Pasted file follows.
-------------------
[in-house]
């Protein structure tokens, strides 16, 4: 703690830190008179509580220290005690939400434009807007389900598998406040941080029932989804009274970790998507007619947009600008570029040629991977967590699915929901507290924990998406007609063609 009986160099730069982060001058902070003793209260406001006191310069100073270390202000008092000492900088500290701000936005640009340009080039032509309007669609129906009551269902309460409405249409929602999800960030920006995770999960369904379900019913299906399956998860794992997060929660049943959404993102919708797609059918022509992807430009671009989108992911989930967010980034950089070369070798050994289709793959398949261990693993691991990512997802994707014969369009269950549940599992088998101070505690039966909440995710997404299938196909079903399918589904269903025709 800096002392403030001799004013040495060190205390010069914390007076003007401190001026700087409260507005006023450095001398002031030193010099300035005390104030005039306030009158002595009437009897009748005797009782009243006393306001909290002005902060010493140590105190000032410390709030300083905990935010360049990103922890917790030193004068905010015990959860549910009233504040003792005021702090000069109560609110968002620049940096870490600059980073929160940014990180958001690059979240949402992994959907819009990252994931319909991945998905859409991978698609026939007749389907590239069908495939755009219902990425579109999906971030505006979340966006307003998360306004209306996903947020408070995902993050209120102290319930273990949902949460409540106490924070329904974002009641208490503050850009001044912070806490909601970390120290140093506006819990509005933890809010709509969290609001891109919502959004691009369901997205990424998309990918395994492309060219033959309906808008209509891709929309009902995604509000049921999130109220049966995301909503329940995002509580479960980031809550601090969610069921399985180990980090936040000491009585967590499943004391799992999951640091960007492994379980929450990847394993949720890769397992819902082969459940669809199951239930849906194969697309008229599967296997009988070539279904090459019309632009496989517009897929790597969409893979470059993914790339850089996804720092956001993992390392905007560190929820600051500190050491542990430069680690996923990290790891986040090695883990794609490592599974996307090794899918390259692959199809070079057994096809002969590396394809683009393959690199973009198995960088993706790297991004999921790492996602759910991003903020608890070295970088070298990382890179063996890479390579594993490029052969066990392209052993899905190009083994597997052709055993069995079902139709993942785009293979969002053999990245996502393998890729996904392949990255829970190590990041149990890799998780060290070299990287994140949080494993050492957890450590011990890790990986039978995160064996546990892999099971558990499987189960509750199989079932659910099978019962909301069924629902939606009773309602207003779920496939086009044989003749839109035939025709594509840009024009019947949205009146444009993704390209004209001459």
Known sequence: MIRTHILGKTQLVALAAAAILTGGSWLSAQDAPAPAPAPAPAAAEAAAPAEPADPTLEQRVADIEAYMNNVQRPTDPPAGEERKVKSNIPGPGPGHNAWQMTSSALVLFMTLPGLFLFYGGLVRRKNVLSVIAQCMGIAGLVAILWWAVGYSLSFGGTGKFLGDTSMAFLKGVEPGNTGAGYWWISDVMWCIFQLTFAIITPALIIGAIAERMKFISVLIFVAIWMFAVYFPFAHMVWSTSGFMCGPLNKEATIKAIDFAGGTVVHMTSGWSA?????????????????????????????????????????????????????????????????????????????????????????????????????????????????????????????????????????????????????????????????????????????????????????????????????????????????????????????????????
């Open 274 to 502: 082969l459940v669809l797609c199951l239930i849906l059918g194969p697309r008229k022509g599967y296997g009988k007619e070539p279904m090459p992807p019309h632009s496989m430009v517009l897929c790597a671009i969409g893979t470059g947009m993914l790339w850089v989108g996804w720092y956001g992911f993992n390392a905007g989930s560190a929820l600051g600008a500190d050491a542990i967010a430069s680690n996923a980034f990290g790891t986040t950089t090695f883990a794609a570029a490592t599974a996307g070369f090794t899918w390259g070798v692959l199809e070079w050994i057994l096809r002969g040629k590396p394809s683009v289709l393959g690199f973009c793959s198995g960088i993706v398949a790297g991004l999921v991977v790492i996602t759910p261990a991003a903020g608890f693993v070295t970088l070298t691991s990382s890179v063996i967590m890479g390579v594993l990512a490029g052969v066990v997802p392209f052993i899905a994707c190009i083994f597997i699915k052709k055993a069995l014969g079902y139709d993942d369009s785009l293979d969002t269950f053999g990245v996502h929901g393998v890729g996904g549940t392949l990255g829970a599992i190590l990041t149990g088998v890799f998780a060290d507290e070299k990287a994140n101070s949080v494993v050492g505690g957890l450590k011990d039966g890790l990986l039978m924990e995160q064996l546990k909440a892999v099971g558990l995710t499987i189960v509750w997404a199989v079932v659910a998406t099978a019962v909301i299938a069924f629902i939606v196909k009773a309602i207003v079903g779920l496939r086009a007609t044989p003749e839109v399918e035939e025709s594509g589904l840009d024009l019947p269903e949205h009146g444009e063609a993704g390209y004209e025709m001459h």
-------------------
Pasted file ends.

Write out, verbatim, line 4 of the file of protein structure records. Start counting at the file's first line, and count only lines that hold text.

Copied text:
């Open 274 to 502: 082969l459940v669809l797609c199951l239930i849906l059918g194969p697309r008229k022509g599967y296997g009988k007619e070539p279904m090459p992807p019309h632009s496989m430009v517009l897929c790597a671009i969409g893979t470059g947009m993914l790339w850089v989108g996804w720092y956001g992911f993992n390392a905007g989930s560190a929820l600051g600008a500190d050491a542990i967010a430069s680690n996923a980034f990290g790891t986040t950089t090695f883990a794609a570029a490592t599974a996307g070369f090794t899918w390259g070798v692959l199809e070079w050994i057994l096809r002969g040629k590396p394809s683009v289709l393959g690199f973009c793959s198995g960088i993706v398949a790297g991004l999921v991977v790492i996602t759910p261990a991003a903020g608890f693993v070295t970088l070298t691991s990382s890179v063996i967590m890479g390579v594993l990512a490029g052969v066990v997802p392209f052993i899905a994707c190009i083994f597997i699915k052709k055993a069995l014969g079902y139709d993942d369009s785009l293979d969002t269950f053999g990245v996502h929901g393998v890729g996904g549940t392949l990255g829970a599992i190590l990041t149990g088998v890799f998780a060290d507290e070299k990287a994140n101070s949080v494993v050492g505690g957890l450590k011990d039966g890790l990986l039978m924990e995160q064996l546990k909440a892999v099971g558990l995710t499987i189960v509750w997404a199989v079932v659910a998406t099978a019962v909301i299938a069924f629902i939606v196909k009773a309602i207003v079903g779920l496939r086009a007609t044989p003749e839109v399918e035939e025709s594509g589904l840009d024009l019947p269903e949205h009146g444009e063609a993704g390209y004209e025709m001459h």